So I e-inquired again, about Ft. Campbell, Birdcage, and more reluctantly, 'nuclear' without the 'New Era' specific stuff.
Clarksville's paper, the Leaf Chronicle, had some pretty recent hits. Another article from 2012 also was referenced, more on that one later.
To summarize, at a remote corner of the large Army base during the 50's and 60's, the burgeoning and paranoid heyday of the cold war, a tightly controlled, heavily hardened, super-secure area was operating. Surrounding the facilities were three or four rows of heavy chain link fence, barbed wire capped and one row highly electrified. This fencing is where the name 'birdcage' came from. Between each row of fence was a kill zone, a wide, bare area where someone trying to get through that maze would be exposed and completely vulnerable. Overseeing the site were concrete 'pillboxes' manned by U.S. Marines with large machine guns.
Security for the site was, to put it mildly, very strict and deadly serious.
The site had several individual bunkers and buildings, all connected by an expansive and hardened system of blast doors and deep tunnels. One facility, dubbed 'Gravel Gertie', a gravel covered, concrete-hardened dome, stood out. It was built to withstand and contain a blast from an accidental non-atomic detonation.
At one edge, a railroad unloading facility loomed over the site, highlighted by a giant crane, for loading and unloading the precious, seriously serious cargo.
This was one of the first of the very few places that the U.S.'s arsenal of high-tech WMD's went to be regularly serviced and upgraded.
Not just stored, but disassembled, repaired and reassembled. It reminded me of the old Bugs Bunny wartime cartoon where the 'wascally wabbit' takes a job in a bomb factory, testing each warhead for 'duds' with a hammer tap to the pointy end.
The birdcage, officially designated 'Clarksville Base' was in fact a U.S. Navy operation. A land-locked, boat-less naval base completely contained within, but operationally independent of the Army base. They had their own power, water and waste facilities.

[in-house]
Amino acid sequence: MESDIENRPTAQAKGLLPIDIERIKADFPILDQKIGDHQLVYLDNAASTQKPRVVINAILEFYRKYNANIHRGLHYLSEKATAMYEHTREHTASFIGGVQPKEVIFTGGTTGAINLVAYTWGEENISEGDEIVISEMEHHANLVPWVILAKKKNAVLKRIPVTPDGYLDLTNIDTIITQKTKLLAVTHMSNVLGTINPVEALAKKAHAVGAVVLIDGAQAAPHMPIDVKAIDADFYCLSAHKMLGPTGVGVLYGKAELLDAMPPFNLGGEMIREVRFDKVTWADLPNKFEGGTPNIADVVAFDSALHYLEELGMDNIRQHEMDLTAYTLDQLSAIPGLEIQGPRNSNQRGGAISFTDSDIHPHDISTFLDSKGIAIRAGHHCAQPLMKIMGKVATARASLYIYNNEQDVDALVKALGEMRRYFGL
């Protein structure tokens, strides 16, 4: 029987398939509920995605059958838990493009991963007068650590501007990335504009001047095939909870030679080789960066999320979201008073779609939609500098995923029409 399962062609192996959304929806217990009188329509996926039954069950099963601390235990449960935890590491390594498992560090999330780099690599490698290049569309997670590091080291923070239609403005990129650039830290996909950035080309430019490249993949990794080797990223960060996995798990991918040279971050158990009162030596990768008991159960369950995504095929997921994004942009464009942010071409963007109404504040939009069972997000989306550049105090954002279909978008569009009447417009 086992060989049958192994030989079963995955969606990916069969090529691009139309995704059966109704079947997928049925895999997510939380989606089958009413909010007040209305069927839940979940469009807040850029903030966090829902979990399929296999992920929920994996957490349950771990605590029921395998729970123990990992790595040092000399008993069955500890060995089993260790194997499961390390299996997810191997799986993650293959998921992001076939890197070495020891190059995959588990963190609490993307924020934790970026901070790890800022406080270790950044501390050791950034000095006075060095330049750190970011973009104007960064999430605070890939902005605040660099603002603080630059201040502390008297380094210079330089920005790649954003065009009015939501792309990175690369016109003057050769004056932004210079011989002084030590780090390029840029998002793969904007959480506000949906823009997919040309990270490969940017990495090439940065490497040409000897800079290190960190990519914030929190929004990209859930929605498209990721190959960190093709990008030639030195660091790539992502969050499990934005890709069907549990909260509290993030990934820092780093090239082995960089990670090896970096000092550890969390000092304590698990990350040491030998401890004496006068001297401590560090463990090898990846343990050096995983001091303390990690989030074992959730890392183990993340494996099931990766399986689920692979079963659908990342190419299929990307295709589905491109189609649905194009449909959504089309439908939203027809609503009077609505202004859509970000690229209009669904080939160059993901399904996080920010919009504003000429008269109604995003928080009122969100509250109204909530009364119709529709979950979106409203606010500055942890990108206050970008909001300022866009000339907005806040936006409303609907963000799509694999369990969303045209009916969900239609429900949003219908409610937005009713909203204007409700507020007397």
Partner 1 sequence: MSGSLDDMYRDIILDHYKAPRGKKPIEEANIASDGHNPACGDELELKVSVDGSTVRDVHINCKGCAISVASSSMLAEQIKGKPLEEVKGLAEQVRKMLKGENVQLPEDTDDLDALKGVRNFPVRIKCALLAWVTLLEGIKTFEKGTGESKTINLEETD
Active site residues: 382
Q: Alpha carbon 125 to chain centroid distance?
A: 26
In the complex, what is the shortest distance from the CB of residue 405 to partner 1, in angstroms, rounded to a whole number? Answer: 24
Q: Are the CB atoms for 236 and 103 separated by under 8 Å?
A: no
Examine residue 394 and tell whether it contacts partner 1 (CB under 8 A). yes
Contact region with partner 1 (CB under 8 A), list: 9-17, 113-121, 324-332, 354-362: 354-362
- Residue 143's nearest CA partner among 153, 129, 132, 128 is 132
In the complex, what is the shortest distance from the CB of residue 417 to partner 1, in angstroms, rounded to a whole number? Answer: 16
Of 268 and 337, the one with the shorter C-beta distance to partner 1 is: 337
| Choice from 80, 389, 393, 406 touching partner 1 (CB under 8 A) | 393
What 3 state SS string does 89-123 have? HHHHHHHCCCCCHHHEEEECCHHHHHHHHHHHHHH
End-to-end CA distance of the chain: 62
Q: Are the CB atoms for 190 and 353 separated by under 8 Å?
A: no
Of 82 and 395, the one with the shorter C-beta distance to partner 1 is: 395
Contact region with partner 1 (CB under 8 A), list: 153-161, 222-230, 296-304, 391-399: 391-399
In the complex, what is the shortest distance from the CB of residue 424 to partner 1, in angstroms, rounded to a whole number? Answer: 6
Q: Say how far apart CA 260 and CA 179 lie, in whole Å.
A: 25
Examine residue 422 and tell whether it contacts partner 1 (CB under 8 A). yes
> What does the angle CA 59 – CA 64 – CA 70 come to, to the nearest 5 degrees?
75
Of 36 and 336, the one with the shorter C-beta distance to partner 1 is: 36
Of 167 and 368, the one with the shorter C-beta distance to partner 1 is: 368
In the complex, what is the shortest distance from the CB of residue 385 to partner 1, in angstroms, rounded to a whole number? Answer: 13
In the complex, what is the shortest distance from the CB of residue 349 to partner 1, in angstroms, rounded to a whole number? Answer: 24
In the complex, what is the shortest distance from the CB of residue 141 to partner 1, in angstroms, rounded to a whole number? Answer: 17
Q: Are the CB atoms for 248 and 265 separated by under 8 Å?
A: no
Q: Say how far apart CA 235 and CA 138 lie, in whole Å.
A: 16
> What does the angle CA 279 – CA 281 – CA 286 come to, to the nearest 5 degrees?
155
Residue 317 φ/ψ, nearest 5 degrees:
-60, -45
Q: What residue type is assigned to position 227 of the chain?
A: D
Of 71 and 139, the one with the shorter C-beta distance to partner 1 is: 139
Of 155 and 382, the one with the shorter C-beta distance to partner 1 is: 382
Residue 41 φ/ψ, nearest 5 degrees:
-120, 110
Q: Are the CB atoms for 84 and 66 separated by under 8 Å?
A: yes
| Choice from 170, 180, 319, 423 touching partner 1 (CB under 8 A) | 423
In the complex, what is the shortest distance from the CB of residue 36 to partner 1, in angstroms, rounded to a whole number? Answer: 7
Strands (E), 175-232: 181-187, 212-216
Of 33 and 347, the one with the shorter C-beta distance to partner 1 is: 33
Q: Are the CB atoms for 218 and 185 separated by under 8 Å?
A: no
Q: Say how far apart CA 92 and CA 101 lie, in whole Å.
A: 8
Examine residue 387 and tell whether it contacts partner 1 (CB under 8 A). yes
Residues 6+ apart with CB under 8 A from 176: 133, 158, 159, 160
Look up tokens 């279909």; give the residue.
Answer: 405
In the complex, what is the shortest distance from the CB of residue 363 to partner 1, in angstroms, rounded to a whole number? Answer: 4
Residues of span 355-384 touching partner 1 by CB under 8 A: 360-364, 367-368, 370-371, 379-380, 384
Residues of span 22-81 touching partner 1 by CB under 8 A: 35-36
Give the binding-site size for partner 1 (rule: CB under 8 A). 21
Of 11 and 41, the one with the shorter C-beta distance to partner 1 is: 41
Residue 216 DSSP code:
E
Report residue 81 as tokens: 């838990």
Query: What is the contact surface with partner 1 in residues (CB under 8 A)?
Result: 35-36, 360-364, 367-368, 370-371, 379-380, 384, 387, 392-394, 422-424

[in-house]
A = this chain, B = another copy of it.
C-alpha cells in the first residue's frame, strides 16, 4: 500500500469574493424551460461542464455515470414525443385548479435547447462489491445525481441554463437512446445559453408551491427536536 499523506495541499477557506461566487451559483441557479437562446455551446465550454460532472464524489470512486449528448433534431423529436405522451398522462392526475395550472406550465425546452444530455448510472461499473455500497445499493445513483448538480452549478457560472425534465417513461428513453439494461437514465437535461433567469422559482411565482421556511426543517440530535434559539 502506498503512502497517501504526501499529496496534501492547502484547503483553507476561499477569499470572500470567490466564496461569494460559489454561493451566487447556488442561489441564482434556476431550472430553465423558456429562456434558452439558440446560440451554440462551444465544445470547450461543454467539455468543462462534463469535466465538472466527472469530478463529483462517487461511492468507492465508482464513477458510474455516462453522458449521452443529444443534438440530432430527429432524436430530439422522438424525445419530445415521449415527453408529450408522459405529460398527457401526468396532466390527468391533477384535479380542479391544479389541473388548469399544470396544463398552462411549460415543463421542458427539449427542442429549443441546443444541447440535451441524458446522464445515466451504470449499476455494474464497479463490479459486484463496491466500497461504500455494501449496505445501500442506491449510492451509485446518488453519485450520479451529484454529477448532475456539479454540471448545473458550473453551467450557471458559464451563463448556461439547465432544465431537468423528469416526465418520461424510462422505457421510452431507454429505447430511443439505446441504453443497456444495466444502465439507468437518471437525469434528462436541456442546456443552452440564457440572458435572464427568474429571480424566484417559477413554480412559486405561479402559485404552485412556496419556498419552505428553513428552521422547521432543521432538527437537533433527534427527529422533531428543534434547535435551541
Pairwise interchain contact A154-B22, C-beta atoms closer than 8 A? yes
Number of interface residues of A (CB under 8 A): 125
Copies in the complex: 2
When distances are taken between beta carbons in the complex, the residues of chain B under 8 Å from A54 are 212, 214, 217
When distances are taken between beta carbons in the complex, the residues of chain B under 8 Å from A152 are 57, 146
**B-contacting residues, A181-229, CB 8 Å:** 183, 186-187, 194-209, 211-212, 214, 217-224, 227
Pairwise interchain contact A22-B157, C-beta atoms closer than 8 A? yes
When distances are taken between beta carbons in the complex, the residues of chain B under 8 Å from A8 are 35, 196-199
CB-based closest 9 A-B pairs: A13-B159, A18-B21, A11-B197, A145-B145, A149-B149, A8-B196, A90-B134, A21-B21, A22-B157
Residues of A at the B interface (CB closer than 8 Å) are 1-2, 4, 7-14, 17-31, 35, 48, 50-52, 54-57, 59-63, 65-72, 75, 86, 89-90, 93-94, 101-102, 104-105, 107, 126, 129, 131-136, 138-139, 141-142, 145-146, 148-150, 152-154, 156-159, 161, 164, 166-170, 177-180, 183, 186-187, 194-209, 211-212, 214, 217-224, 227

The scale of the operation was, in hindsight, jaw-dropping. As much as one third of our country's arsenal of these scary weapons would be there at one time or another. Those of you who recall the Cold War at that time will also know that we built lots and lots of these weapons, insane, world-vaporizing quantities of them.
The Leaf Chronicle reporter, Philip Grey had done a thorough job, (see the article here) deriving much of his information from John O'Brien, Installation Historian at Ft. Campbell's 'Don F. Pratt Museum.' (There's another article here.)
Straight from the horse's mouth.
Those of us that lived around there at that time didn't have a clue. In most cases, neither did the Army's own soldiers and officers stationed at the fort.
I have personally experienced the tight-lipped, super serious, bordering-on-paranoid, cold war secrets policies and procedures. Having been a mere enlisted man in the Air Force in the 70's, with some of that time dealing with some things of a rather sensitive nature, it was drilled into us. We got regular doses of 'Commies on every corner', 'wrath of God' and 'loose lips sink ships' training, lectures and I was even occasionally approached by mysterious strangers asking peculiar questions, testing me. I went through multiple background investigations, psychological 'personal reliability' testing and I know that my friends and family back home were interviewed about me as well.
The Defense Department and other three-letter government departments took cold war security very, very seriously. And I wasn't ever even around any big-bang technology (that I know of). That was a whole different level of caution.
So I'm not at all surprised that very few people knew about this base.
But as the article points out, much time has passed. The politics, geography and technology of the cold war is mostly covered in thick dust now. Even if we ended up in yet another few decades of global tension, the new game would not play like the old one. The players have changed, the game board has changed, the tools have changed.